U.S. moms tackle concussions at pro-safety football camp

In midst of pro football's 'concussion crisis,' USA Football, the body that oversees amateur sport, is offering safety clinics for moms to teach them — literally — how to tackle.

In midst of 'concussion crisis,' USA Football offers safety clinics for moms

Kathy Ellis, mother of twin 11 year olds, learns the "hit position" at the USA Football camp for moms in Charlotte, N.C. (CBC)

The women seem giddy as they pour into the team meeting room of the NFL Carolina Panthers.

Wearing matching T-shirts and big smiles, many pause to take selfies at the edge of the roped-off dressing room, leaning in to snap a photo of their favourite player's jersey.

USA Football trainer Ed Passino takes CBC Reporter Lyndsay Duncombe through Heads Up Football drills: designed to make tackling safer 3:01

This is rare access to a world many football fans worship, and these mothers of young players — and maybe tomorrow's stars — have been invited here to help save America's game.

"Moms, you are the most important factor in this situation," former high school coach and USA Football trainer EZ Smith bellows from the front of the room.

"We want to make it safe, want to make it the best we can. And what we have to do is teach you how to tackle."

Hundreds of women across the U.S. are hearing the same message. This is the second year some NFL teams have hosted moms' safety clinics, in partnership with USA Football.

Brandy McCoy, a single mom from Troutman, North Carolina, sits at the back of the room. Tackling is exactly what she is here to learn.

Two years ago, her then 11-year-old son Evan suffered a concussion at practice with a team from the Troutman community league.

She watched from the sidelines as his helmet collided with another boy's, and calls the moment "terrifying, horrifying. The worst feeling in the world from a mom." 
The University of Windsor Lancers football team takes concussion reporting seriously. 1:40

He missed school for two months, but went back on the football field as soon as he was able, and she is worried he will get hurt again.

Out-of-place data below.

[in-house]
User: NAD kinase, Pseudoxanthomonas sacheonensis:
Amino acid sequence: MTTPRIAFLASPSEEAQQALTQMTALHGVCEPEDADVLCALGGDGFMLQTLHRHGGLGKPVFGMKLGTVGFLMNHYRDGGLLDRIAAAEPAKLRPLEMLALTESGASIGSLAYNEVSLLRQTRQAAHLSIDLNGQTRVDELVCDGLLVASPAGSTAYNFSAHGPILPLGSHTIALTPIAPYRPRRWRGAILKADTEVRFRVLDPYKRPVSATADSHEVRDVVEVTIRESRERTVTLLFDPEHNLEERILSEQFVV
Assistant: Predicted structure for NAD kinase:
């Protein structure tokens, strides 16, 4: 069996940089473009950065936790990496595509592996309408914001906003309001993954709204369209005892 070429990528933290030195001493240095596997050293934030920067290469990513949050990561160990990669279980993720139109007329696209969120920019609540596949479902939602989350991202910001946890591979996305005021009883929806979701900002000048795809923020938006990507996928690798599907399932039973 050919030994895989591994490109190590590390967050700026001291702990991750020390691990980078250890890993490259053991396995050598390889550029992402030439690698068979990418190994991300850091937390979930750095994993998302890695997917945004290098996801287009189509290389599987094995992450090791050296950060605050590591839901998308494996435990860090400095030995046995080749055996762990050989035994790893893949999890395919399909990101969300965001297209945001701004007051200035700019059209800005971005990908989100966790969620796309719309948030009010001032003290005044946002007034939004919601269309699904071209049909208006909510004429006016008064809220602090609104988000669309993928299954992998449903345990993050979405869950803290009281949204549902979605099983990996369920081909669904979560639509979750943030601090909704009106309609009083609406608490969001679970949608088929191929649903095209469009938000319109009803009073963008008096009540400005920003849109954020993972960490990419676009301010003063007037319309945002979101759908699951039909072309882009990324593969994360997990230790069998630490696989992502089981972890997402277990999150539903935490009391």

"I really wanted to know the ins and outs of concussions, so I can teach him everything he needs to know," she says.

Concussion crisis

The concussion crisis in pro-football — there were 123 in the NFL last season, by some accounts, down from a high of about 173 in 2012 —  has changed perceptions of the game across America.

Although the sport remains incredibly popular — and lucrative — there are some signs it might not stay that way.

A Bloomberg poll from December 2014 found half of all parents surveyed wouldn't let their sons play football. And just 17 per cent of parents believed the sport would remain popular 20 years from now.

In response to safety concerns, USA Football, the body that governs amateur football in the U.S., has changed the way it teaches the game.

A program called Heads Up Football uses specific drills to teach kids how to tackle, without crashing helmets.

Instead of wrapping arms around an opponent, head-down,  the tackler is now being encouraged to keep their head and eyes up at all times while aiming to make contact with an opponent's shoulder.

USA Football estimates half of the country's young football players are now learning the game this way.

"We want to be proactive," says master trainer Eric Passino. "Now's actually the best time to have your child play football, because with over half of the youth population doing Heads Up now, as a parent you know what to look for, all your coaches know what to look for when it comes to concussion."

Take to the field

But simply hearing how football is safe is one thing, learning first-hand  is something else again.  

Before the clinic is over, the mothers themselves will take to the practice field.

As the sun sets, they attack football bags with the proper technique. They learn the "hit position" — feet braced, shoulders back, arms up. And they take turns flopping onto cushions to mimic the proper thrusting motion of a well-executed tackle.

Brandy McCoy leaves the field beaming.

Brandy McCoy high-fives another mom at the USA Football safety clinic in Charlotte, N.C. (CBC)

In addition to all the drills, she had a chance to ask the athletic trainer for the Carolina Panthers a question about her son. Two years after Evan recovered from his concussion, he is still timid on the field.

"My question would be this year, when he starts, what can I tell him to reassure him that he's not going to get hurt?" she asked.

Ryan Vermillion tells her that her son was very likely healed from his previous concussion. And he told her to encourage him, and make sure his coach was aware of the injury and could work to build the boy's confidence and technique.

"There's a way to play this game and love this game," Vermillion says. "This game is our life, it's a great way of life if done the right way."

McCoy smiles at the advice. She admits that if she had her way her son would probably not play football. But it is the only sport he plays, her dad played, her brother played, and she's a huge fan.

"Football is America's sport," she says. "There's something in all sports that you can get hurt. We just have to teach our boys not to be fearful of what might happen, we have to teach them to follow their dreams."

And if her son's dreams come with danger, well, she is doing what she can to keep him safe?

About the Author

Lyndsay Duncombe


Lyndsay Duncombe is a producer and reporter in the CBC News Washington bureau. She travelled extensively throughout the historic 2016 election campaign, and co-ordinates coverage of U.S. politics for all CBC platforms.


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